Originally published in Castine Patriot, October 11, 2018 and The Weekly Packet, October 11, 2018
Arruda, Hutchins seek House District 131 seat
by Anne Berleant
On Election Day, November 6, voters will choose between two candidates experienced in local and state politics to fill the House District 131 seat. Democratic candidate Nathalie Arruda, of Orland, describes herself as an “involved citizen” familiar with the legislative process. Republican candidate Sherm Hutchins, of Penobscot, is a one-time state representative, longtime town meeting moderator and nine-term Penobscot selectman. District 131 includes Dedham, Orland, Otis, Penobscot, Verona Island and two towns in Waldo County.
Nathalie Arruda, Democrat
Arruda has been involved in politics from a young age, she said, and currently is secretary of the Hancock County Democratic Committee and a volunteer with Maine AllCare, a healthcare advocacy organization.
“I’m familiar with the process in Augusta,” she said. “I understand how to work together with a great team to get things done.”
Arruda lists health care, economic development and expanding rural internet access as top issues for her district.
“I think it’s really important to grow business and industry, and to take care of the people working in those areas,” with a living wage and, when possible, benefits, while not ignoring environmental concerns. “I was taught from a young age, if you make a mess, you clean it up.”
A degree in behavioral science has trained her to listen, an advantage in navigating the political, often party-driven legislative process, she said.
“The most important thing is to listen. We can lay our issues out on the table and move forward.”
She points to a top issue for candidates and voters this election: “We might disagree on the best method to provide healthcare to people in Maine, but people are unified in pointing to the influence of money [in healthcare]. There are ways we can join together.”
Compromise is critical, she said. “If it’s ‘my way or the highway,’ we end up in a partisan gridlock, which we’ve seen.”
If elected, Arruda said she would hold town hall-style meetings to “air what’s going on in Augusta,” hear from constituents, and “bring that back” to the legislature.
“I’m good at hearing folks with different viewpoints,” she said. “It won’t always be in line with what I want but will make a balanced decision … and be able to account for it in a responsible way.”
Arruda said voters in her district are concerned about the economy, road conditions, education funding, and concerns over elder care.
“I’m hearing a lot of hesitation about Question 1 whether this is the way to do it, but a lot of concern about elder care.”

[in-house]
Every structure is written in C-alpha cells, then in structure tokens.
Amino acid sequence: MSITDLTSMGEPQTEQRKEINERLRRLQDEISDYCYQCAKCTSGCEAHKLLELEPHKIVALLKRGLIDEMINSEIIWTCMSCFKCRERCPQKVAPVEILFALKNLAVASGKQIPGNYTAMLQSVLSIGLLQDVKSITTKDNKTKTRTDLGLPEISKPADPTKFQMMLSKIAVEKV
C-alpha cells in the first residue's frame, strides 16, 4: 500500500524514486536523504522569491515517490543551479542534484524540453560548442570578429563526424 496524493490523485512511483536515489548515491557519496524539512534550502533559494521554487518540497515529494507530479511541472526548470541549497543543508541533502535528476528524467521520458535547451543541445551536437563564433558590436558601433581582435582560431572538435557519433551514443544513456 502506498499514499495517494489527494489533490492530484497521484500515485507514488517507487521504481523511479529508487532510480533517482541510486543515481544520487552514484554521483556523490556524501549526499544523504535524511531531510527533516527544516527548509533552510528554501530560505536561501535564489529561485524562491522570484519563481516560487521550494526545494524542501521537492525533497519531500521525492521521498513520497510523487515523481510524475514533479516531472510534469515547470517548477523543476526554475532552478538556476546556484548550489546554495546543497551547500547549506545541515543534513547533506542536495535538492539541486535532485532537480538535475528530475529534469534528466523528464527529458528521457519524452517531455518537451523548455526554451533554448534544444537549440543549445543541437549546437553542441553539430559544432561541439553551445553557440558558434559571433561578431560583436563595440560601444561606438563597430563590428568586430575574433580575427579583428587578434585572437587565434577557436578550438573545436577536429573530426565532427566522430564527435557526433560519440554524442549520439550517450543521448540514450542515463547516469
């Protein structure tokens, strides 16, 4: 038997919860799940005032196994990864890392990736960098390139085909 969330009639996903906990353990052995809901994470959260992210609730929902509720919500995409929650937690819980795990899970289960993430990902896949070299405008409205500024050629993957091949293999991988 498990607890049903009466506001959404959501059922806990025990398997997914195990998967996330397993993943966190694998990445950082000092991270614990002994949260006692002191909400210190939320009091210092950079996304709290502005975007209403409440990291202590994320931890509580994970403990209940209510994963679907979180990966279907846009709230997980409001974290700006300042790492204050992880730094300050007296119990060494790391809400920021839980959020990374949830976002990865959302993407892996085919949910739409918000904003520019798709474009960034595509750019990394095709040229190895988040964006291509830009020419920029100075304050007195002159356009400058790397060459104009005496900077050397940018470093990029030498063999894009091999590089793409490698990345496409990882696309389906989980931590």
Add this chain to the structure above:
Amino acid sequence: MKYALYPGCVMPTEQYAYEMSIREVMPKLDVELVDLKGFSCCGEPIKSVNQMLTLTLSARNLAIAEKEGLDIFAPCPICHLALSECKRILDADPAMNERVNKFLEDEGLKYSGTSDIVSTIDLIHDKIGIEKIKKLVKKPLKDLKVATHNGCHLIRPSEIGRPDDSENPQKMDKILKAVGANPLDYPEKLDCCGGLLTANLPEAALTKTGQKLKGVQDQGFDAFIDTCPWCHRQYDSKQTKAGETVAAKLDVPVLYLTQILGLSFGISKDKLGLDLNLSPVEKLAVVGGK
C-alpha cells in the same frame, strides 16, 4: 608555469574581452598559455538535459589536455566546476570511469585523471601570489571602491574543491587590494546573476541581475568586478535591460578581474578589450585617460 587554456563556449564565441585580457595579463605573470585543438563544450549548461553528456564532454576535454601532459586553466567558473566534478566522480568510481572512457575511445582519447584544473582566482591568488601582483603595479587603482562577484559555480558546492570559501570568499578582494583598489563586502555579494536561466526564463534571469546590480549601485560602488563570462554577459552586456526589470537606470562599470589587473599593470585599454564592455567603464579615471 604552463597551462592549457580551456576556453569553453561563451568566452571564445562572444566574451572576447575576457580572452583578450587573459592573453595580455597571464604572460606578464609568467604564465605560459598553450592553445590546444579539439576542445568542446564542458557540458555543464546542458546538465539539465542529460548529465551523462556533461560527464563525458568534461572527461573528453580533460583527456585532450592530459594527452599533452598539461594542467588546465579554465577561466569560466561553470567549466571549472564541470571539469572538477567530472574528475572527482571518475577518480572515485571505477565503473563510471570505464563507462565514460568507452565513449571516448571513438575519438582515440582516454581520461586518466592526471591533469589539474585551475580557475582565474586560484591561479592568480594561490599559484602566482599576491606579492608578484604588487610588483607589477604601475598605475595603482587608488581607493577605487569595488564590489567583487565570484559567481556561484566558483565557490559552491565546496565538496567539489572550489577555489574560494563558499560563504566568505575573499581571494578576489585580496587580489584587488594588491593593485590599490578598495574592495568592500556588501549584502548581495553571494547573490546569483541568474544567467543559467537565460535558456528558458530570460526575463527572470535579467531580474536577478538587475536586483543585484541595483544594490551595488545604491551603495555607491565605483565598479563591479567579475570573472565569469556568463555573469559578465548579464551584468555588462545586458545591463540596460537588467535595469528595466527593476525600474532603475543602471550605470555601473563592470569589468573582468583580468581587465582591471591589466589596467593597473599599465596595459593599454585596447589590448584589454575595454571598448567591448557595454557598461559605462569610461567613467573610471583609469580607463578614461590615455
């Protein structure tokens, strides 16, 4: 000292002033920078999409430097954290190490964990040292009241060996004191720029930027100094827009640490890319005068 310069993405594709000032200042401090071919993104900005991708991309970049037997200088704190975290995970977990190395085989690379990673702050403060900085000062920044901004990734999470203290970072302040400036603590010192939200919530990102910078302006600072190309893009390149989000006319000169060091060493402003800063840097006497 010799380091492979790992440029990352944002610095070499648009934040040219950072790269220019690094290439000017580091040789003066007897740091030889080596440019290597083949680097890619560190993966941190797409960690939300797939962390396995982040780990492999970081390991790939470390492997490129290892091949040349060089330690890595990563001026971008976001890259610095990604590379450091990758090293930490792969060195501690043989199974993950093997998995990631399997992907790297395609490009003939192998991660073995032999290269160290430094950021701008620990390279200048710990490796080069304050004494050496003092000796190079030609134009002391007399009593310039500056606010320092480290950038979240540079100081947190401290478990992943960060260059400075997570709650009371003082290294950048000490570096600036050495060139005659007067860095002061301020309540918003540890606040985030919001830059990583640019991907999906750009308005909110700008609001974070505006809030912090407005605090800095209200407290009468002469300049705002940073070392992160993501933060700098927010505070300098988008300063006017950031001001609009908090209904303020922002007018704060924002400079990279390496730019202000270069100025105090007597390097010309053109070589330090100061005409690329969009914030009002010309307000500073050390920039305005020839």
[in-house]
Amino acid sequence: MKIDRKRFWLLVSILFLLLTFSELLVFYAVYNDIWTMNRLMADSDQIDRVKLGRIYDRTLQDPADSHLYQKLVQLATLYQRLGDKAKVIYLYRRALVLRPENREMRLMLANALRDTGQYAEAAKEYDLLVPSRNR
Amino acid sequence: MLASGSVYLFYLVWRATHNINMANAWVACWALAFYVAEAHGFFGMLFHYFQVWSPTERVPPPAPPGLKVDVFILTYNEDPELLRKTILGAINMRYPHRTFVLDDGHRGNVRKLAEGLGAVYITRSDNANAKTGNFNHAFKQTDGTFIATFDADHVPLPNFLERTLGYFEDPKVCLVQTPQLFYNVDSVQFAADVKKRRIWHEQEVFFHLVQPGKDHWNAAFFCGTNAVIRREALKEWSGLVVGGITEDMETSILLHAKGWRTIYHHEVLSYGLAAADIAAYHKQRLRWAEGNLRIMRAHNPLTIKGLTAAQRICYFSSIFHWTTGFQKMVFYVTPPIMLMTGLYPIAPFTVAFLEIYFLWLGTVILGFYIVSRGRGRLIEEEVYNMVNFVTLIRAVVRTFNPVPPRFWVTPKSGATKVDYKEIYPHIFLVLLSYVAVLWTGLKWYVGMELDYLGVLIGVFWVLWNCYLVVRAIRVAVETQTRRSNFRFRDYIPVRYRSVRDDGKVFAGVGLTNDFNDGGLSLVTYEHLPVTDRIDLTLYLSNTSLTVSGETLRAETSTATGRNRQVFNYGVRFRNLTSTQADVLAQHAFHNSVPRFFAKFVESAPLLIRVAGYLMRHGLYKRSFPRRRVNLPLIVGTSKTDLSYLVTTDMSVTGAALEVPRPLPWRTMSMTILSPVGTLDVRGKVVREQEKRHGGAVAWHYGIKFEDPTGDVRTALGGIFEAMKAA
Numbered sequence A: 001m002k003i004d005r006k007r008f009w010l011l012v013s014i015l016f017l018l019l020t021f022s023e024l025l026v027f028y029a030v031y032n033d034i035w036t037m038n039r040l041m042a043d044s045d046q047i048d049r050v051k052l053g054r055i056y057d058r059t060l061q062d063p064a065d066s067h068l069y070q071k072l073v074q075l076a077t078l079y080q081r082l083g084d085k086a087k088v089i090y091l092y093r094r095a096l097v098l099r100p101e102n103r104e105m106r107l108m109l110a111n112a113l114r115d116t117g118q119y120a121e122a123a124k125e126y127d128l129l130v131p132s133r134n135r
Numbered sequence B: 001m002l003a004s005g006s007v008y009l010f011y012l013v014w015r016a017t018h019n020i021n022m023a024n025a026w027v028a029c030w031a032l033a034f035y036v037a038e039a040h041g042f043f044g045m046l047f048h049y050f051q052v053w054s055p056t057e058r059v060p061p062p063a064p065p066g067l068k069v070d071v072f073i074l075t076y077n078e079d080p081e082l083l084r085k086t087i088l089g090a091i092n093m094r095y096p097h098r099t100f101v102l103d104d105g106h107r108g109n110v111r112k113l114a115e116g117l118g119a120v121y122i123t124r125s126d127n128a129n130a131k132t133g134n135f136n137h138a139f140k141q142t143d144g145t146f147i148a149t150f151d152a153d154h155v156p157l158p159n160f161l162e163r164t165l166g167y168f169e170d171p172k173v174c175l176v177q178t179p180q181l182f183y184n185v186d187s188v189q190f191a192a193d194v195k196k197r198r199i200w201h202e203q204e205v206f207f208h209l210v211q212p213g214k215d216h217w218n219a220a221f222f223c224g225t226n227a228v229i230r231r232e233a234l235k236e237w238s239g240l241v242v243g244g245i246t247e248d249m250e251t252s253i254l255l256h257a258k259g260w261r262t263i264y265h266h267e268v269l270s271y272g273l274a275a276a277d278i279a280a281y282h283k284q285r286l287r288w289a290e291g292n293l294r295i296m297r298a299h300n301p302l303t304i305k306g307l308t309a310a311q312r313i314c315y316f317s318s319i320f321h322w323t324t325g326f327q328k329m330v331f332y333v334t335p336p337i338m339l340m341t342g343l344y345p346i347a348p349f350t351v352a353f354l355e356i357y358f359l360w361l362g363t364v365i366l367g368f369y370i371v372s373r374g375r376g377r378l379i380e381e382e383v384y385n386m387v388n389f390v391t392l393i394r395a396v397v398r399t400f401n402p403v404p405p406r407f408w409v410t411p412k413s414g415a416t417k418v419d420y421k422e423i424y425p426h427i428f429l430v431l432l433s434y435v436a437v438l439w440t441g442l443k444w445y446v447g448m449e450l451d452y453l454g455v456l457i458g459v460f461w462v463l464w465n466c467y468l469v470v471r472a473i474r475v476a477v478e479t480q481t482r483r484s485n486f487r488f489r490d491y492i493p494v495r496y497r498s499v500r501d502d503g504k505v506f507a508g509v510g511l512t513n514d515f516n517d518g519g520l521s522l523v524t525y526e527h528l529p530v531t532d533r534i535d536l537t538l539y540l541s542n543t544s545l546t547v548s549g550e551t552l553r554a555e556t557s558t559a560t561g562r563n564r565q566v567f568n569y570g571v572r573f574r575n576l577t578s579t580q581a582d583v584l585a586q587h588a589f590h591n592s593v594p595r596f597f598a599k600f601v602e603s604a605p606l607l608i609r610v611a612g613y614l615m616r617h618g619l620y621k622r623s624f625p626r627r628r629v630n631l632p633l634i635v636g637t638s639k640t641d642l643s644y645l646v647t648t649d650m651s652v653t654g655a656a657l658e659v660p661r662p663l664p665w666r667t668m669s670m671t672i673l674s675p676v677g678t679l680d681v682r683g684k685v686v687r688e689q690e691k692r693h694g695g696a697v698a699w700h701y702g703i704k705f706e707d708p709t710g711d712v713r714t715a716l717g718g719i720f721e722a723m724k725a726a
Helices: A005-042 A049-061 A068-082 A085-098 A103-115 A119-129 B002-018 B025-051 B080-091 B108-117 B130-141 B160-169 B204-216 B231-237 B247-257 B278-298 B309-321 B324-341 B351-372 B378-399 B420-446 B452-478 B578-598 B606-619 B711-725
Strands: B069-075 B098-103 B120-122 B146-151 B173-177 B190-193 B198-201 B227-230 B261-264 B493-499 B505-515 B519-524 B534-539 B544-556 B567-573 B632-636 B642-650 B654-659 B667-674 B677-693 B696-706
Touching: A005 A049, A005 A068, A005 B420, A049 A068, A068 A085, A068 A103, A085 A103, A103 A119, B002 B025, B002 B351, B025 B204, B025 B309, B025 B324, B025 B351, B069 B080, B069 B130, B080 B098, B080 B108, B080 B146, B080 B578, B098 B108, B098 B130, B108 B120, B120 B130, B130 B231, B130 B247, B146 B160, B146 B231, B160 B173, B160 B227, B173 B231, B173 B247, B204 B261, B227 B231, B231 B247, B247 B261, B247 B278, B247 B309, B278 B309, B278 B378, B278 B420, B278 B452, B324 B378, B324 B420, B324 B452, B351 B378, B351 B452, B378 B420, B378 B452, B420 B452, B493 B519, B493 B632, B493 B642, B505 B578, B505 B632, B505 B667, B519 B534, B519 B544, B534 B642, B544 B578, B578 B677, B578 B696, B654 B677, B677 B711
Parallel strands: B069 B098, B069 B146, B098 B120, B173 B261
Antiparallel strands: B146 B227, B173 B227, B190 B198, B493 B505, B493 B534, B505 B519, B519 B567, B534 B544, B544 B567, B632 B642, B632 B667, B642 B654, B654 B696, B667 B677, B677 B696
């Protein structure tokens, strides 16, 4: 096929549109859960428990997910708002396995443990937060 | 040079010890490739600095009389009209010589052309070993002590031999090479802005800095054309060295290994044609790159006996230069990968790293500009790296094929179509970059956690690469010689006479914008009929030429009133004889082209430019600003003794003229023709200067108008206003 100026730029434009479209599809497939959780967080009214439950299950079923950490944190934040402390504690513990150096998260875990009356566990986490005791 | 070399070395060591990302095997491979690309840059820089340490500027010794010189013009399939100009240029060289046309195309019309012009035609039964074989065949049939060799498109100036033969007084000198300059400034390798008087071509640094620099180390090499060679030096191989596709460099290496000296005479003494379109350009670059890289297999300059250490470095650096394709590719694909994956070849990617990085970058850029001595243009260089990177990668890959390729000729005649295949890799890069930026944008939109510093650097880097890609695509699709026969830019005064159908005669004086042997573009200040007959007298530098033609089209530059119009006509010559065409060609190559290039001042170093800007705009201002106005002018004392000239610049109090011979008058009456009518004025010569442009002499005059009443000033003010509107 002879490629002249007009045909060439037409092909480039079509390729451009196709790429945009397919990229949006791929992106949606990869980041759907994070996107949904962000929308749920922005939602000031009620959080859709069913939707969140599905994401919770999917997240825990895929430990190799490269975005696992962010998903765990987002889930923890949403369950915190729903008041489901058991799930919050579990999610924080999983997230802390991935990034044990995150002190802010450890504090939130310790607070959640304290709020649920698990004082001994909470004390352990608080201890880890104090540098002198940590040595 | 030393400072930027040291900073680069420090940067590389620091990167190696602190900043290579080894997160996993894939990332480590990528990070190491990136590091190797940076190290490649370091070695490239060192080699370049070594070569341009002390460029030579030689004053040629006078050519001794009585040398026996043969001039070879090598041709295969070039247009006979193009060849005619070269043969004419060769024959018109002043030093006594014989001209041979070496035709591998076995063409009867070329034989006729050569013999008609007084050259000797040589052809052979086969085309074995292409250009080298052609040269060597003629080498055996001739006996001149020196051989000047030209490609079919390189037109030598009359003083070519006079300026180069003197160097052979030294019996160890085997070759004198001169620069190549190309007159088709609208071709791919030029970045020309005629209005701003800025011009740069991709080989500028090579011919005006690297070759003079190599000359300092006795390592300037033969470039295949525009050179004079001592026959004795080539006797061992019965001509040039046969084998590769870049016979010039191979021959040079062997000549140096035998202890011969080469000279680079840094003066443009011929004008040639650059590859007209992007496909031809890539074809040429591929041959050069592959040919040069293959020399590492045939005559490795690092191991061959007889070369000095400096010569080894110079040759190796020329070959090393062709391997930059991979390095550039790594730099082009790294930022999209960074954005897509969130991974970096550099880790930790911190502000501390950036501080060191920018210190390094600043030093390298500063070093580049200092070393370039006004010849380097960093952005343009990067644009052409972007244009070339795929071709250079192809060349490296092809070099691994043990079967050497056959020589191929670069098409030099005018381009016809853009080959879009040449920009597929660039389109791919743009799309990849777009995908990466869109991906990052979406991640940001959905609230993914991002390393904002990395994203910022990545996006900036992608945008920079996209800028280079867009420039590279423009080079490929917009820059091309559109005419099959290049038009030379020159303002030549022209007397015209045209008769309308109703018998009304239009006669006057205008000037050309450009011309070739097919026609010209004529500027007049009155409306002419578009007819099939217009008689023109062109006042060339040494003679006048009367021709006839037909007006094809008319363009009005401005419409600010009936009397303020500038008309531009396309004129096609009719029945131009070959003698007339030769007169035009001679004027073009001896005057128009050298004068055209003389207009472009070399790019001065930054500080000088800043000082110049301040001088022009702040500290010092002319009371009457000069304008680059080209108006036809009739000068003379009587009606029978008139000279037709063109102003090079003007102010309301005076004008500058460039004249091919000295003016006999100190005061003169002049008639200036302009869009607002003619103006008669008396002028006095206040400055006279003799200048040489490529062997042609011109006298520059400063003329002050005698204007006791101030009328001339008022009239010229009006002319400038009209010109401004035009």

(Question 1 is a citizen-initiated ballot question that seeks a tax on higher incomes to fund in-home health care services for elderly and disabled Mainers, and to create a government board to administer those funds.)
Arruda is running as a clean election candidate. She is the mother of three children and works at Down East Family YMCA.
Sherm Hutchins, Republican
Hutchins stepped in to run for House District 131 when current Rep. Karl Ward decided not to seek re-election shortly after the primary election. Hutchins seeks office “to make Maine a place our grandchildren can stay,” and said that his top issues are economy and freedom.
“When the economy is strong, a lot of the other troubles, in general, tend to be less troublesome. The safety net isn’t used as much, which is good for the state,” he said. “But you have to have the safety net there because there’s folks who need it. If they need it, they deserve to get it.”
A stronger economy gives people freedom to change jobs, switch schools and “is such a part of America as a whole,” he continued. “I think rural areas are especially aware of it, the feeling of being able to do for oneself.”
A longtime town moderator in Penobscot, Orland, Dedham, Lucerne Village and Otis, Hutchins served on the Hancock County Planning Commission for 12 years, is a life member of the National Rifle Association, and also served on the Hancock/Washington County Regional Transportation Advisory Committee.
“I have a background in many different things over the years and have interacted with many different people,” he said.
Hutchins said his decades of experience as town meeting moderator will also help in Augusta. “I don’t mind speaking in front of 150 people because I’m comfortable. I think I can be effective.”
Compromise is a part of everyday life, Hutchins said, including politics. “You have to make some adjustments. You can fight for your issues, state them strongly, [but] you may have to move a little bit to get something accomplished.”
Hutchins said that “on the Republican side, party loyalty” may not be the right term. “I vote the way I think the issue rolls out,” he said. “Some statement or piece of information can change your mind on an issue, or part of it. It’s just a matter of working your way through those things.”
He added: “If you’re going to represent the people of the district, you let them do the talking. You usually pick up some very good pieces of information.”